Ben Schott wrote an article for Bloomberg about logo tinkering titled Debranding is the New Branding.

« Advertising’s oldest cliché has the client asking: “Can you make the logo bigger?” But the internet has forever constrained the dimensions of design. In a pre-Web world — when the smallest canvas for many brands was the business card — intricacy could be embraced. Nowadays, corporate identities must “click” inside an ever-expanding warren of tiny boxes, from 120-pixel iPhone buttons to 16-pixel browser “favicons.”

The difficulty of ensuring that any logo (let alone an intricate, dimensional logo) stands out from the kaleidoscopic eye-candy of ads, apps and open tabs is one driver behind “mobile first” design. Here identity and functionality are conceived from the outset inside the tightest constraints — for what works on a cellphone will surely work on a water-tower.  »

« As much as brands aspire to be sui generis, branding has fashions that ebb and flow like skirt lengths or collar widths. This was as true of “jazz age” and “flower power” brands as of the recent effusion of “hipster” brands — a trope that became so hackneyed some wisenheimer coded a Hipster Logo Generator: »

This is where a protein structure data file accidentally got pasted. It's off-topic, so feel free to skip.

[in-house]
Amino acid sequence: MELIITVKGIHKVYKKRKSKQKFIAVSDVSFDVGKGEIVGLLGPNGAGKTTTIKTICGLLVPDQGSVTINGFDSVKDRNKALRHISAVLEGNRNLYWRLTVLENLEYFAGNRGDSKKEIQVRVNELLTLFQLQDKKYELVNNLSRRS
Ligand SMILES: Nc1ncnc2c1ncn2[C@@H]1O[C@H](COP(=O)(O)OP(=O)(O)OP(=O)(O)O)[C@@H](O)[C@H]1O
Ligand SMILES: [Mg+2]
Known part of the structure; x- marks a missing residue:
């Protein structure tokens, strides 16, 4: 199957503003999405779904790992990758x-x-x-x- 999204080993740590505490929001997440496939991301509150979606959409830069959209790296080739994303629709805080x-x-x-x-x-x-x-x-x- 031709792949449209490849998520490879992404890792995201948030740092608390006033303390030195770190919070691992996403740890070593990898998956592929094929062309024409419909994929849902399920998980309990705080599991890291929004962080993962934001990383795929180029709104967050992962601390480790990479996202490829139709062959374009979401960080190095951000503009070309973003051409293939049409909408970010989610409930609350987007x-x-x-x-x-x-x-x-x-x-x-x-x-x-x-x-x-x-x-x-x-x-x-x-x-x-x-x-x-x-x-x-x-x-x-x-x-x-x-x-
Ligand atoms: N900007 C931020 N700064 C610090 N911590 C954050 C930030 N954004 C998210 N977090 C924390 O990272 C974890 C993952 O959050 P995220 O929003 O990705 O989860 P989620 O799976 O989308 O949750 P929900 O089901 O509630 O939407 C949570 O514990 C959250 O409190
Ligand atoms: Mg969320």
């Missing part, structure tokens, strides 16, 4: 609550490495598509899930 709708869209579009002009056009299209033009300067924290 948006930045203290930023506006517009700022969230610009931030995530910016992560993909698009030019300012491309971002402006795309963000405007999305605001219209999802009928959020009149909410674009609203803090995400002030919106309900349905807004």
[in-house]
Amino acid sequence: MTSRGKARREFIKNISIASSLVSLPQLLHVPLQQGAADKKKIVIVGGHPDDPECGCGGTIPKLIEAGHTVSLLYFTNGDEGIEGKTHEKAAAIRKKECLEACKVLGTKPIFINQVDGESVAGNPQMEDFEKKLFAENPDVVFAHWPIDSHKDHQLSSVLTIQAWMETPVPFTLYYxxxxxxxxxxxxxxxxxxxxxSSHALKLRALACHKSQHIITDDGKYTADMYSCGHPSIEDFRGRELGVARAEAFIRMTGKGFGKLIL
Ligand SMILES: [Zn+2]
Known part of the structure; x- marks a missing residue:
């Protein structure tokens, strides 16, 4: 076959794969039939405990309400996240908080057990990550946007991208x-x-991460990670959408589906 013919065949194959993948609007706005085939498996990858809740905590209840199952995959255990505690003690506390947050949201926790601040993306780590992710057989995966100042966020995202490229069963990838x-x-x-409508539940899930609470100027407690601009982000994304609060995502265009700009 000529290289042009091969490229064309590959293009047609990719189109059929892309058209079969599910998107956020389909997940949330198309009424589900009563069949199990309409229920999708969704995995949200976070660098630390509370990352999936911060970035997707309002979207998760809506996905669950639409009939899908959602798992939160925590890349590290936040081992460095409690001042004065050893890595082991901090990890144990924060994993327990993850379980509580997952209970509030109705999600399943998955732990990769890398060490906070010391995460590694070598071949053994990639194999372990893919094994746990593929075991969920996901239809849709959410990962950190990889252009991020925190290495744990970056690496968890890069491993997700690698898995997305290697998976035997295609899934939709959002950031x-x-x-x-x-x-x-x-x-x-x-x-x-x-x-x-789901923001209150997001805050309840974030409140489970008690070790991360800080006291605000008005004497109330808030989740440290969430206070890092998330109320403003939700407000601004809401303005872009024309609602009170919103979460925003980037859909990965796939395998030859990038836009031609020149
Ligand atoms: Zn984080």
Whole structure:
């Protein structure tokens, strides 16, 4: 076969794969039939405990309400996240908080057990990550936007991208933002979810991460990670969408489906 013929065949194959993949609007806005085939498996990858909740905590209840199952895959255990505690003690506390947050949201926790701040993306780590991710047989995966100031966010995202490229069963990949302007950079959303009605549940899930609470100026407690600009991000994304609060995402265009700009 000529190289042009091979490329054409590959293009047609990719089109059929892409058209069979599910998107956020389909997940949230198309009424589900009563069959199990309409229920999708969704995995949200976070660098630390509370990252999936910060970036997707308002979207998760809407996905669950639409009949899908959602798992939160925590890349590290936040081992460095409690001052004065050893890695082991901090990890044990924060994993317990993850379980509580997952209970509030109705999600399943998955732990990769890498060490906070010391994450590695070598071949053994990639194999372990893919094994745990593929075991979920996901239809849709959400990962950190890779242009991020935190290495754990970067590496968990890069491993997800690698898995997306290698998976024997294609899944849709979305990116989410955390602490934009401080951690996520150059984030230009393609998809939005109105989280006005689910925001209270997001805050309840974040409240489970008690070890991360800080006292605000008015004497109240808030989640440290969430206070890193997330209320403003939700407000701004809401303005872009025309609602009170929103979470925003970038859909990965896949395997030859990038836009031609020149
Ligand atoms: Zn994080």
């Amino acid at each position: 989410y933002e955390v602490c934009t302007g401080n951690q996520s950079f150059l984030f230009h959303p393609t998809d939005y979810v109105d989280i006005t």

« The reality that branding experiences fashion cycles is neatly illustrated by the branding of fashion itself — most strikingly the (much debated) luxury debranding stampede heralded, in part, by Yves Saint Laurent: »

« the 2001 reimagining of Royal Mail as Consignia — a £2 million act of vandalism against a 500-year-old brand that took just 16 months to reverse  »

«  If they don’t have carte blanche for a blue-sky redesign, designers love to pore through an archive — after all, what’s the point of “brand heritage” if you can’t “build upon it”? For brands with a history, redeploying elements of legacy identities inspires confidence, maintains continuity and allows decades-old companies to straddle the past and the future. »

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